A young boy discovers the wonders of the New York Public Library in this stunning picture book. When he finds out that his birthday gift is a book, the boy is disappointed. But that night, the stone lions that guard the library whisk him away on a literary adventure. They show him how books and stories affect his life and those of his family and friends.

(Ages 3 – 7)

The Little Library

by Margaret McNamara, illustrated by G. Brian Karas

Jake is a slow and careful reader and often feels left behind on library day. When the school librarian notices Jake’s interest in the new wooden bookshelves, she gives him an old copy of a woodworking book. He falls in love with the book and decides to use what he’s learned to build a special gift for the librarian. This sweet story shows readers that libraries have books for every reader.

(Ages 4 – 8)

Schomburg: The Man Who Built a Library

by Carole Boston Weatherford, illustrated by Eric Velasquez

Young library lovers will feel inspired by this poetry biography of Arturo Schomburg. Even though he was a law clerk, Arturo loved collecting books, music, and art from Africa and the African diaspora. When his collection became too large for his house, he moved it to the New York Public Library, where it grew into the Schomburg Center for Research in Black Culture.

(Ages 8 – 12)

Surrender the Key: The Library

by D.J. Machale

When strange things start happening to him, Marcus and his friends know where to find answers — the library. But this is no ordinary library. It’s full of adventure, magic, and peril. Go on a fast-paced and humorous escapade with a group of friends as they race to finish their stories before the clock runs out.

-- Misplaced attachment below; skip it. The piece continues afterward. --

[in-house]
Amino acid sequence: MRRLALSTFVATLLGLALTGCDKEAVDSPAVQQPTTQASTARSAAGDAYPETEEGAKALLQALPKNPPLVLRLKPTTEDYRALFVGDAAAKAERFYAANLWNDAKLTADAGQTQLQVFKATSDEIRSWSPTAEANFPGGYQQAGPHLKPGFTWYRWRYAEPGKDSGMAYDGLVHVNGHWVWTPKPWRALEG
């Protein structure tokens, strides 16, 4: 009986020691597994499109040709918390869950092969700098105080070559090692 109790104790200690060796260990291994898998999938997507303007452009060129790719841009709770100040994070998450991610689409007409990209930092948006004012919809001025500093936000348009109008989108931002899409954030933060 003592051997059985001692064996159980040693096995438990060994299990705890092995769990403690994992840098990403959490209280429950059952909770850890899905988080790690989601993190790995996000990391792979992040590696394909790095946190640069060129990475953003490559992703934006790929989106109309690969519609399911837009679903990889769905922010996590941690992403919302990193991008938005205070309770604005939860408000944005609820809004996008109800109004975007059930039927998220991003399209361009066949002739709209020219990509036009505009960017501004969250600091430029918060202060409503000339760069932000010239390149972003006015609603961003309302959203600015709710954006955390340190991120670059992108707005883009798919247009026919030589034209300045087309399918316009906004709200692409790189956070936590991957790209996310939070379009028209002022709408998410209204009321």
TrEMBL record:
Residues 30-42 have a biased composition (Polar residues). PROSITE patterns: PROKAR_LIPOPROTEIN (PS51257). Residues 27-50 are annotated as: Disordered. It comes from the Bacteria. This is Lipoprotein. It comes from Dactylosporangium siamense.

(Ages 8 – 12)

Library Lion

by Michelle Knudsen, illustrated by Kevin Hawkes

In this light picture book for the younger set, we once again face the question: Who belongs in the library? This time, it’s an uninvited lion that walks into the library. Despite the protests of one librarian that lions don’t belong, librarian Miss Merriweather insists that the library is a place for everyone. That is, the strict Miss Merriweather clarifies, as long as they are not breaking any library rules. A warm friendship develops and, as it turns out, maybe library rules can be broken, if it’s for a very, very good reason. Preschool and early elementary children will adore this New York Times bestseller.

(Ages 4 – 8)

Lola at the Library

by Anna McQuinn, illustrated by Rosalind Beardshaw

In the books discussed above, a meaningful trip to the library is never a solo experience. Always, there’s a librarian, friend, or supportive adult who helps make the young person’s library experience happen. Reading Lola at the Library is a chance for you to be that person to a preschooler. This simple picture book is a lovely little introduction to both the workings of the library (library cards, storytime, and how to check out books) and the excitement and wonder of a library outing.

(Ages 0 – 3)

The Haunted Library Series

by Dori Butler, illustrated by Aurore Damant

Introduce your young reader to Kaz, a ghost boy who gets separated from his ghost family. He teams up with Claire, a girl who can see ghosts and lives above the town library. Together, they solve mysteries, go on adventures, and form a lasting friendship throughout this fun chapter book series.

(Ages 6 – 8)

Show your library some love, and it will show you the world.

Editor’s Note: This article was originally published in 2016 and updated in 2021.


Hello everyone and happy Saturday.  Choose to read this weekend whether it be with your kids or solo.  Nothing is more fun and relaxing than curling up with a great book.  Books are gifts that keep on giving.  Please join me again on Monday as I once again unwrap some treasures for you to share.  Take care and stay safe.